Pre-fold - This is what you think of when you think of CDs like your grandma used. They are called pre-folds, even though they are one big square, because in the dark ages of CDs this little diaper was actually 3 times bigger and had to be folded so all the absorbency was in the center.

Today's pre-folds are made to already have that absorbency in the middle so you don't have to fold it down to size. These work with a diaper cover. You will need to learn how to fold them however, to fit your baby and to fit inside a diaper cover. You will also need either diaper pins or Snappies to hold these closed.

Fitteds - These are similar to pre-folds but you don't need to fold and secure them with a pin or a Snappie. They come with snaps so it is super easy and fast to use. This is the best kind of diaper to use in the middle of the night, when you are tired and it is dark and you just want to change a diaper in world record speed to get back to sleep. Think of a cloth diaper in the shape of a disposable with snaps. These will need a cover too.

Covers - These replaced the plastic pants of yore. They have a cloth outside but most are PLU - polyester with urethane coating - on the inside to repel water and poo.

Pocket - This kind of diaper is getting close to a disposable in shape and ease but there is still some work involved. A pocket diaper has the inner cloth diaper and the cover swen together to create one diaper you just put on and secure with the hook and loop tabs (or snaps). You do have to stuff these diapers with a liner that looks like a panty liner but without the adhesive. This diaper is good if you have a heavy wetter, since you can control the absorbency. You do have to be careful when you wash these but I will address that below.

One-size - This is the easiest diaper to use in terms of sizing for your baby. If you don't want to have 5 different sizes of diapers, a one-size diaper will allow you to use the same diaper over and over again, adjusting for size as your baby grows. These diapers feature snaps that will rise with the baby so you never need to worry about having the right size of diaper again. All of these diapers are pocket diapers or all-in-ones - meaning they have the cloth diaper and the cover swen together.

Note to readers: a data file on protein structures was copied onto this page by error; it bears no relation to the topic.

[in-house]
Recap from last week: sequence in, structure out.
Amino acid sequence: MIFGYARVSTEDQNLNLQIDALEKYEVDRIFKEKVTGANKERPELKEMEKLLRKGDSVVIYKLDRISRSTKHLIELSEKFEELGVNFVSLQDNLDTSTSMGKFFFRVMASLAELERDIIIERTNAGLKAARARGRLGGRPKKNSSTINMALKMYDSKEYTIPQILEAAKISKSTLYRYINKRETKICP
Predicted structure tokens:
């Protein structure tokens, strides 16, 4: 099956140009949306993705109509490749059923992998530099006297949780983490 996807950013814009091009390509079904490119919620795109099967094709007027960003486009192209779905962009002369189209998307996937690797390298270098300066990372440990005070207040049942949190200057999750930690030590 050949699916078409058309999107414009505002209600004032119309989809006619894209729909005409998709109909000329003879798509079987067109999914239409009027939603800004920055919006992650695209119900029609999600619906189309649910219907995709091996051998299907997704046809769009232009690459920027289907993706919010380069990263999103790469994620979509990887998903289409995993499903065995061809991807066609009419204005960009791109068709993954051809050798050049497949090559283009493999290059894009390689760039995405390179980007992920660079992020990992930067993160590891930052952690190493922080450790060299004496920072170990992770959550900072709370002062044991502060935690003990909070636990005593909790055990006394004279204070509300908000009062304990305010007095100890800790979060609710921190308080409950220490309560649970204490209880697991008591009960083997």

Here is our stash as it looks today:

From bottom left to bottom right: covers, Snappies, cloth wipes, inserts, pre-folds, pocket diapers (the colored ones) and fitted diapers (the tan ones)

Here is what it looked like the first day we got them:

What is in our stash? (We wanted to wash our diapers every other day to every third day.)

~36 pre-fold diapers in Standard Infant (not pictured)
~5 fitted diapers in size 0 (not pictured)
~5 diaper covers in size XS
~15 one-size pocket diapers
~36 cloth wipes
~3 stay dry liners (for the pocket diapers)
~3 diaper doublers (for the pocket diapers)
~3 Snappies
~3 diaper pins
~1 wetbag
~1 pail liner
~2 pair of Baby Legs - b/c they are so damn cute

Prepping and Washing
Pre-fold diapers are not ready to use once you get them. You have to wash them several times in order to get the natural oils off the fibers and to make them absorbent. Notice the difference between the diapers from when I first got them (below) to what they look like now (first photo)?

They got nice and soft by washing them 7-8 times in hot water with just a drop of detergent and then drying.

You have to also pay extra attention to how you wash your CDs when they are soiled. Sadly, you don't want to use homemade laundry soap on them.

To wash the pre-folds, I just toss the diaper and the cloth wipe into the diaper pail and after a few days, empty the bag into the washing machine. I throw the pail liner in with the diapers and covers (although you don't need to wash the covers every time you use them. Unless the cover got poo on it, I usually can use it for a few times and then wash).

I do one cold rise, add a drop (seriously, like 1/8 of a cup) of detergent and wash on hot. I dry them normally.

Washing the pocket diapers are a little more labor intensive but not by much. When you are changing your baby you have to remove the liner and toss that into the diaper pail along with the wipe and diaper. You wash and dry your diapers in the same way as your pre-folds, only taking the time to stuff the pocket back into the diaper as you are folding them and putting them away.

With pocket diapers you have to be very careful you do not do anything to clog the microfiber holes that allow the diaper to absorb liquid. This means using certain types of laundry detergent and NO fabric softeners. I use Arm & Hammer Free and I have had no problems. You can find other CD Safe detergent here:

We have been CDing The Good Baby for almost 4 months now and have not had any problems so far. Our water bills have only increased by less than $10 and we have only had one poo explosion. Overall I am totally happy with CDing. The $1500 I stand to save by CDing TGB and the $2000 I stand to save with each additional baby has been well worth it.